Tackle Reviews

Megabass Big Gabot Frog Review

Walker Smith

Living in the south, I'm able to fish a frog for the large majority of the year. As long as the water temperatures are over 55 degrees, you'll see multiple frogs on my front deck during each trip to the lake. This familiarity with the technique has resulted in me becoming pretty darn picky whenever I test new frogs. I've definitely developed a mental list of things I do and do not like in a hollow body frog.

I first got the Megabass Big Gabot in the dead of winter. For months, I couldn't wait to start catching fish on it. In terms of sheer aesthetics, it's one of the prettiest frogs I own, so I had really high expectations for it.

Fast-forward to present time and I've been catching 'em on this frog for about a month. I probably have about 30 hours of fishing it so far. It's a bigger frog than what I normally throw, but I think there may be something to the unique, large profile. I'll quickly go through my favorite features of this high-end bass fishing frog.

(1 of 5)

It has some size to it

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Walker Smith
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The Megabass Big Gabot is a good bit larger than most frogs you've probably fished. With the body measuring 3 inches and weighing in at a hefty 3/4 ounce, this frog has some serious meat to it. I would certainly suggest throwing it on a heavy-action rod if you're able to. 

Because of its weight, you can skip this frog a mile underneath overhanging limbs and boat docks. It has certainly become one of my favorite frogs to skip. It doesn't grab a bunch of water, so it's incredibly easy to slide underneath cover. I've had some huge bites recently skipping the Big Gabot under wooden boat docks. I guarantee you that I'm putting this frog where bass never see 'em, which gives me a huge advantage over other anglers.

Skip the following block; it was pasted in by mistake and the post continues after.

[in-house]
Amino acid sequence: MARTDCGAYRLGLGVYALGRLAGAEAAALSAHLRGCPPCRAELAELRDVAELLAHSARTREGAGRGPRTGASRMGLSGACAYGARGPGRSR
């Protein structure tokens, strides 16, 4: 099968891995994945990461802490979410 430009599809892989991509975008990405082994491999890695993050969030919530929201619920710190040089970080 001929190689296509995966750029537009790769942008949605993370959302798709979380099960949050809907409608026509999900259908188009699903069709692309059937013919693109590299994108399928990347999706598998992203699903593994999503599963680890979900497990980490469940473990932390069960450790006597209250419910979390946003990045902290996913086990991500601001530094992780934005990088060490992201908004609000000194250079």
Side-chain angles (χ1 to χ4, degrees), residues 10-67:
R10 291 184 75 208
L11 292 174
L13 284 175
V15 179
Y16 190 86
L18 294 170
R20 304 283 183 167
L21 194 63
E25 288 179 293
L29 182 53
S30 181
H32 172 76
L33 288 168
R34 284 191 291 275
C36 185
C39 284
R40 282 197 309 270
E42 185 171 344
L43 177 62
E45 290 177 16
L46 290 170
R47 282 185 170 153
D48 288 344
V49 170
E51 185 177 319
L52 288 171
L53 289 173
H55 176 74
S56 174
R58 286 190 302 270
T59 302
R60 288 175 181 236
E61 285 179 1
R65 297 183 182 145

When you skip the Big Gabot, you don't have to put your full strength into every cast. It skips very similarly to a jig or weightless worm, so even if you're not used to skipping docks with frogs, this particular frog will help you get the hang of things within just a few casts.

(2 of 5)

Unique mouth design

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Walker Smith
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The Big Gabot features a catamaran mouth design that does two very important things. 

First, it allows it to spit water throughout the retrieve. It makes a different spitting sound than any other frog I've ever tested, which is probably another major reason I'm getting so many bites on it. My home lake gets hammered with frog fishing pressure for much of the year, but I've been going behind guys and catching good fish with the Big Gabot. That unfamiliar sound is a huge deal when you're fishing pressured waters. 

The catamaran-style mouth also stabilizes the body and reduces any rolling when a bass explodes on it. Generally speaking, you'll miss a bunch of fish if you're using a frog that rolls. When that big bass comes up on it and it rolls on its side or back, you have a very small chance of connecting with it. The Big Gabot, however, stays upright even during the most violent blowups I've had.